Greg Bowler
@g105b
Your personal coding style is better than psr2 in my opinion. All editors can handle changing between styles so I don't think it's a pressing issue, but do it if it makes you feel better.
James Fellows
@j4m3s
I did it, and sure enough the scrutinizer issues are now closed. I might look into adding a psr2 compliance check into the scrutinizer process so the build fails if the code committed doesn't match the standard. May as well get into the habit of enforcing it, even if we change the standard later.
Greg Bowler
@g105b
Agreed. I'd like to discuss and standardise my preferred style, but it isn't getting done yet so using psr2 is the best way to go right now.
Greg Bowler
@g105b
Looking at psr2 again, it's so far from my personal ideal...
On a different topic, going back to the mailing list question, I was talking to someone about this the other day, and their solution was simple. Now we have a more informal chat area (here), Github issues are the mailing list. People can subscribe via email, and also reply via email to the thread, and everything is logged in the issues list... we have already been using the solution without realising it.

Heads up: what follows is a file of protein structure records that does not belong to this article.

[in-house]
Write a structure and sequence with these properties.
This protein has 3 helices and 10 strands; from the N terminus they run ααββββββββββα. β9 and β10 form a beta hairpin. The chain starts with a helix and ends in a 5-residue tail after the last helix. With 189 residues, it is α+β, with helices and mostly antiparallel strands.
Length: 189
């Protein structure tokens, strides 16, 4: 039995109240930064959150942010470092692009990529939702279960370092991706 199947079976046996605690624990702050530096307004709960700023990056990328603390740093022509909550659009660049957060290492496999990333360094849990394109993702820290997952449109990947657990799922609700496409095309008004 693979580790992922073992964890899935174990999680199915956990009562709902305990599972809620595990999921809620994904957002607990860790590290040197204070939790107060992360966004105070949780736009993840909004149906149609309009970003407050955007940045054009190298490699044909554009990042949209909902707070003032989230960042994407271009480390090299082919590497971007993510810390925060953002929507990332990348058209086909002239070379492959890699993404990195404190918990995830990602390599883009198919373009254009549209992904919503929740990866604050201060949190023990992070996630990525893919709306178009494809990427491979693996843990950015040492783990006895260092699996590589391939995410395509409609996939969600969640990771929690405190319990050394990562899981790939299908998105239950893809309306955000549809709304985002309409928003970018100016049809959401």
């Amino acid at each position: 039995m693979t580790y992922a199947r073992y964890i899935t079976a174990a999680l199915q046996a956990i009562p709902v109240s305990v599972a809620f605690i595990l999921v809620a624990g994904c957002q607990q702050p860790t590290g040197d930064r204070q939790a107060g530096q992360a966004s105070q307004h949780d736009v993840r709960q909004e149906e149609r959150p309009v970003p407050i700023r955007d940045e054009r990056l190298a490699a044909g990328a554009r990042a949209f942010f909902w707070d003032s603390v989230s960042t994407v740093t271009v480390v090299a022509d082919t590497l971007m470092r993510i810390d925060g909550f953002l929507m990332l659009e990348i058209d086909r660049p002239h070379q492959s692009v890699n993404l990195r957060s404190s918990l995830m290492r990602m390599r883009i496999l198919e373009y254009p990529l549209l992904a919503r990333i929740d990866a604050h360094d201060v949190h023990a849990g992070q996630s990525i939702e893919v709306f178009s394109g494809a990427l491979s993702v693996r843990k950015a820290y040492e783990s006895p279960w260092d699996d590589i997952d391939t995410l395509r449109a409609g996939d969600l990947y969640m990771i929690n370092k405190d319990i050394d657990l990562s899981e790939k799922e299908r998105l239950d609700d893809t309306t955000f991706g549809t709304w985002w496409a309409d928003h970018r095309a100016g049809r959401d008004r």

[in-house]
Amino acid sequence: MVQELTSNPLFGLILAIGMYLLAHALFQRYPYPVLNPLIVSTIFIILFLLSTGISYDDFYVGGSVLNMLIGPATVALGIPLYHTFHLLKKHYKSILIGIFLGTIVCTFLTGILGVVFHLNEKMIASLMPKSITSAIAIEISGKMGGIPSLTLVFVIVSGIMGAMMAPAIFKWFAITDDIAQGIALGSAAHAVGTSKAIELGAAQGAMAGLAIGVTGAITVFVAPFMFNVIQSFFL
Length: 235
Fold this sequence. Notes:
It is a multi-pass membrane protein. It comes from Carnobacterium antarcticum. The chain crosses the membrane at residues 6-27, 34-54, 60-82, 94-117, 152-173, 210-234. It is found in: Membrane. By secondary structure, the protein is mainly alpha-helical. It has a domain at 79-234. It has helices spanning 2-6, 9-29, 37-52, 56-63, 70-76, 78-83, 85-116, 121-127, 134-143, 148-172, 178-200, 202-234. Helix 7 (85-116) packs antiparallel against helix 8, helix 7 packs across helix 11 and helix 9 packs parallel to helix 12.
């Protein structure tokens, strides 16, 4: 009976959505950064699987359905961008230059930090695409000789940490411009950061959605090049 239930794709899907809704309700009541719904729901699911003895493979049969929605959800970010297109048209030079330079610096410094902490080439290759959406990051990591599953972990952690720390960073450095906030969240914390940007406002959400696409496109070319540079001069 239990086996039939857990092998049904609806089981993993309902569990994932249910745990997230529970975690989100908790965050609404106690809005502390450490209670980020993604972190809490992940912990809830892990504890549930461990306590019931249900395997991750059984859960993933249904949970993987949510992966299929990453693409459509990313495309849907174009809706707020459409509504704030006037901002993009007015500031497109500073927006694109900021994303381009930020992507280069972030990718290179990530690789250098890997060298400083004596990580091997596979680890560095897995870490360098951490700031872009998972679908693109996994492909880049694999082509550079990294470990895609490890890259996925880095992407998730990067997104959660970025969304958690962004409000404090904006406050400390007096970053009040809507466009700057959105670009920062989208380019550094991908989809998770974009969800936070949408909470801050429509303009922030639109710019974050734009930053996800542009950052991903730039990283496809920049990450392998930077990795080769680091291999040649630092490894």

James Fellows
@j4m3s
Good point! when I was thinking about psr2 I realised this was the sort of thing that could go on a ticket.
I think we introduced this forum for Pan-Project issues that didn't fit into a single repo.
Greg Bowler
@g105b
I'm going to create a new repository soon at phpgt/docs which will host the documentation in Markdown format, once I work out how inter-file linking works in a Github repo. I don't plan on using the repo as the area to direct people to for docs, but rather load in the repo into www.php.gt and render it nicely there.
Greg Bowler
@g105b
Scrap that—deleted the phpgt/docs repo in favour of Wikis. Because Wikis are just git repos, I'm looking into how a CI step can generate the API docs for each project and pump the output into the wiki... that would be ideal.
Greg Bowler
@g105b